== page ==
The Year 11 collaborative Design project is an opportunity for students to work in groups across the design disciplines to solve a design problem. Students are using the theme of social entrepreneurship to identify the design problem. Social entrepreneurship is empathetic, innovative and sustainable, but is not charity.

Social entrepreneurship aligns closely with the caring learner profile attribute: “Students show empathy, compassion and respect to the needs and feelings of others. They have a personal commitment to service, and act to make a positive difference to the life of others and to the environment” (IB Learner Profile, 2013).

Max Geilenkirchen, Mikhail Jaura and Kengie Tang worked in a group that has brilliantly demonstrated caring through their design project. Through their research, they noted that less economically developed countries often have a mismanagement of waste, creating poor living conditions for children and families. They focused on an impoverished area in Manila, where children are not allowed to go to school if they do not have shoes. Since most of these families cannot afford shoes, the children are then denied the right to education and also face health dangers from walking in dirty or unsafe areas without shoes.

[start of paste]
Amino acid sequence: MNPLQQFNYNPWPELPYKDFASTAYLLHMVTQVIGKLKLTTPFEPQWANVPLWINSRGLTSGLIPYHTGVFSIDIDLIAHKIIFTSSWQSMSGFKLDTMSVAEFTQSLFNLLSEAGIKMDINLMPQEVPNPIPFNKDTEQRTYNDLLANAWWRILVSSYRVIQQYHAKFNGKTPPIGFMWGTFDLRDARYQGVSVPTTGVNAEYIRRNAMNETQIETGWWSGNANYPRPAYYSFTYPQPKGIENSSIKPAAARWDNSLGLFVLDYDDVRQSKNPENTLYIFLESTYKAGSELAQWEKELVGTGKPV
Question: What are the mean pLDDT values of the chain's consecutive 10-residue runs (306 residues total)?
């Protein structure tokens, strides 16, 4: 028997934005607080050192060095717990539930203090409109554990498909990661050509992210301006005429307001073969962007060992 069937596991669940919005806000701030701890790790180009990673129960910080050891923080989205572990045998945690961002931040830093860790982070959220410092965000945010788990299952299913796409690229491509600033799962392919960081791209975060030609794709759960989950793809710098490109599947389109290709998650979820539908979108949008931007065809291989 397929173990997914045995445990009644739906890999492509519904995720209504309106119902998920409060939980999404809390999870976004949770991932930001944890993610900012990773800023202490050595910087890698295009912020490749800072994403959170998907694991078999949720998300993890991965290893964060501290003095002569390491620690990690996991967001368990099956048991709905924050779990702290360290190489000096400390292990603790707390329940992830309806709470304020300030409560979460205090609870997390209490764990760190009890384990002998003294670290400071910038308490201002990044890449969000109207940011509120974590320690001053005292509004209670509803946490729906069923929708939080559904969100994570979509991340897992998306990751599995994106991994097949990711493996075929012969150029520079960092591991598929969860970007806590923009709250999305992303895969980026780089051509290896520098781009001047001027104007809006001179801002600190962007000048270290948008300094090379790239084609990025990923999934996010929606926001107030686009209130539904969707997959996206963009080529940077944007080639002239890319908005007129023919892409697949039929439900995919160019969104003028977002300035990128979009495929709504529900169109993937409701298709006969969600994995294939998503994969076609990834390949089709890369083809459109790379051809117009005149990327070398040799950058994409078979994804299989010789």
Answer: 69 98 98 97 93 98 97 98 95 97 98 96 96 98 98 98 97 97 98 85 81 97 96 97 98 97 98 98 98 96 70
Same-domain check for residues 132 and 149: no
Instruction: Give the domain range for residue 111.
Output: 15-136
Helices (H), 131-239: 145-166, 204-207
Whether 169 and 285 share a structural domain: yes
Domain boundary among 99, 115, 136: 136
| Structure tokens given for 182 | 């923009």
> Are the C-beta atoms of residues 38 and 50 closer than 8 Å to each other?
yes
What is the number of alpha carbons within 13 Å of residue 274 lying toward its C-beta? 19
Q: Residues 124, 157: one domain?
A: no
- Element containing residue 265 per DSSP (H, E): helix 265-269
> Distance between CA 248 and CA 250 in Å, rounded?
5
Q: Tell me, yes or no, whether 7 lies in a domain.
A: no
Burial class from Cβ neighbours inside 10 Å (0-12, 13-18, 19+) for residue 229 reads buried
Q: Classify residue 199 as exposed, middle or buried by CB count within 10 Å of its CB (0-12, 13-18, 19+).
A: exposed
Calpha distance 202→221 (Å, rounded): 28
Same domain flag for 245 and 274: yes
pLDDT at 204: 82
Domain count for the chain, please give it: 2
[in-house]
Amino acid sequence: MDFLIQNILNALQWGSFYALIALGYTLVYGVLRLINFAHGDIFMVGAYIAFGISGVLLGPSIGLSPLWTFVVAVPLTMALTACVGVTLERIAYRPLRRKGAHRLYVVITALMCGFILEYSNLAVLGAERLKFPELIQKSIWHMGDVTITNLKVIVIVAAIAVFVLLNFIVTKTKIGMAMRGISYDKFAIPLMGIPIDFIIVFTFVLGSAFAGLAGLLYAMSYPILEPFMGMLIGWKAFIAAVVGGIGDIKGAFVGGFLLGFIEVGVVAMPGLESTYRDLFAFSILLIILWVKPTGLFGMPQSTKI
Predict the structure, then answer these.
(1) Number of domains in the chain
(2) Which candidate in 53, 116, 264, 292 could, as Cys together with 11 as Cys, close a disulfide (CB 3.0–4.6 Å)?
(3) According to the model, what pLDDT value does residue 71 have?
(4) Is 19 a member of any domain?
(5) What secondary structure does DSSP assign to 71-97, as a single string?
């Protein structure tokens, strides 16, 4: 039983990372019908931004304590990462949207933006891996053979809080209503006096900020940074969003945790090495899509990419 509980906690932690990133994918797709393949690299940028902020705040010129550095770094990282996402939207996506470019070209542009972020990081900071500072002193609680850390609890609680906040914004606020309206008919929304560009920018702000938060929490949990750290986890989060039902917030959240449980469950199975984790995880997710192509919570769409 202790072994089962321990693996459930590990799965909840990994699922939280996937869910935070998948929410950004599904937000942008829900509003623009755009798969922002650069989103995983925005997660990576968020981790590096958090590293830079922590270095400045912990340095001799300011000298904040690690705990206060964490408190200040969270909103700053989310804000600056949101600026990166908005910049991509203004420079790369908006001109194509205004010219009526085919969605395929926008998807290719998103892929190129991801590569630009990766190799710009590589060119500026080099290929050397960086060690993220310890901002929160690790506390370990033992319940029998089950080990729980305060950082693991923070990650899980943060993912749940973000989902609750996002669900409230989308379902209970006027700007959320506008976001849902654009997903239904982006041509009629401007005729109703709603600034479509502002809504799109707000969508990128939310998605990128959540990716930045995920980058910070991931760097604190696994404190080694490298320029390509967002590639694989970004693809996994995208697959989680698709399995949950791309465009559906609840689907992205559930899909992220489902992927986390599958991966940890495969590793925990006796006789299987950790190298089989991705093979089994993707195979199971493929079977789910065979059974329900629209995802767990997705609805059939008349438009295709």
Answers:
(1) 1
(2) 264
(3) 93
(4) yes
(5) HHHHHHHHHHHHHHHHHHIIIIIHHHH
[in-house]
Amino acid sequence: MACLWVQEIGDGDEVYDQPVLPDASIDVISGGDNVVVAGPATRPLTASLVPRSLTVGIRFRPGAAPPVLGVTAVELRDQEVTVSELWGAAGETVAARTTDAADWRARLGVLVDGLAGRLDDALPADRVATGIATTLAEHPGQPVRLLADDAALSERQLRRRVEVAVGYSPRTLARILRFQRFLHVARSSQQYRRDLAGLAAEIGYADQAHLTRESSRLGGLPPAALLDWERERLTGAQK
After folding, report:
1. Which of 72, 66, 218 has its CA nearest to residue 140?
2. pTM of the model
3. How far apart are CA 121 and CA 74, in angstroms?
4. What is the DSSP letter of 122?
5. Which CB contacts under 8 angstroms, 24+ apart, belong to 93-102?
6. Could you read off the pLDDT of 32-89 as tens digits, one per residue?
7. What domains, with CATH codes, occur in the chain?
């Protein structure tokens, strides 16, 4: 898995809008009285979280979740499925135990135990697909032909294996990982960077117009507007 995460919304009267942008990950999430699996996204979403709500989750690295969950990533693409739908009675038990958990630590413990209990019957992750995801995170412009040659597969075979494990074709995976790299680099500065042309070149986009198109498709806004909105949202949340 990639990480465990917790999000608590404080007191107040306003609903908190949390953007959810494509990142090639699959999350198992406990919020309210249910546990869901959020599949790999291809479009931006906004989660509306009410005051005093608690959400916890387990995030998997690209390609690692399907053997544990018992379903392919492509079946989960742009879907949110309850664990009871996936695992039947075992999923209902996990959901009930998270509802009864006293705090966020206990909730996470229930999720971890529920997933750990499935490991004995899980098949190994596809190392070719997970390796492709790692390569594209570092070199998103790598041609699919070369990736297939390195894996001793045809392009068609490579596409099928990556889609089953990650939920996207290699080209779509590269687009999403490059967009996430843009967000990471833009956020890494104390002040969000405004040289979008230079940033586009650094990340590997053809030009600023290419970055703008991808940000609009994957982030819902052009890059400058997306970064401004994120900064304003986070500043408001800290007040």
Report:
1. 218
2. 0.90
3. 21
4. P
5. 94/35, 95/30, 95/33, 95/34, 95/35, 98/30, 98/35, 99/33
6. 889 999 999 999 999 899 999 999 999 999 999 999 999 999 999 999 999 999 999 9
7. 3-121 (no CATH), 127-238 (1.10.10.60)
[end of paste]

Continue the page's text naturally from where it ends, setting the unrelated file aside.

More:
To get an idea of what others have to deal with, one day Kengie tried walking home from the Tung Chung bus stop without wearing shoes. “Towards the tunnel to the bus stop, the ground was extremely rocky and painful to step on,” she noted in her project. “The experience really helped me empathise with the target audience. Even walking for an hour felt like a day, and the pain really showed me how some children are going through such pain in such unsafe places.”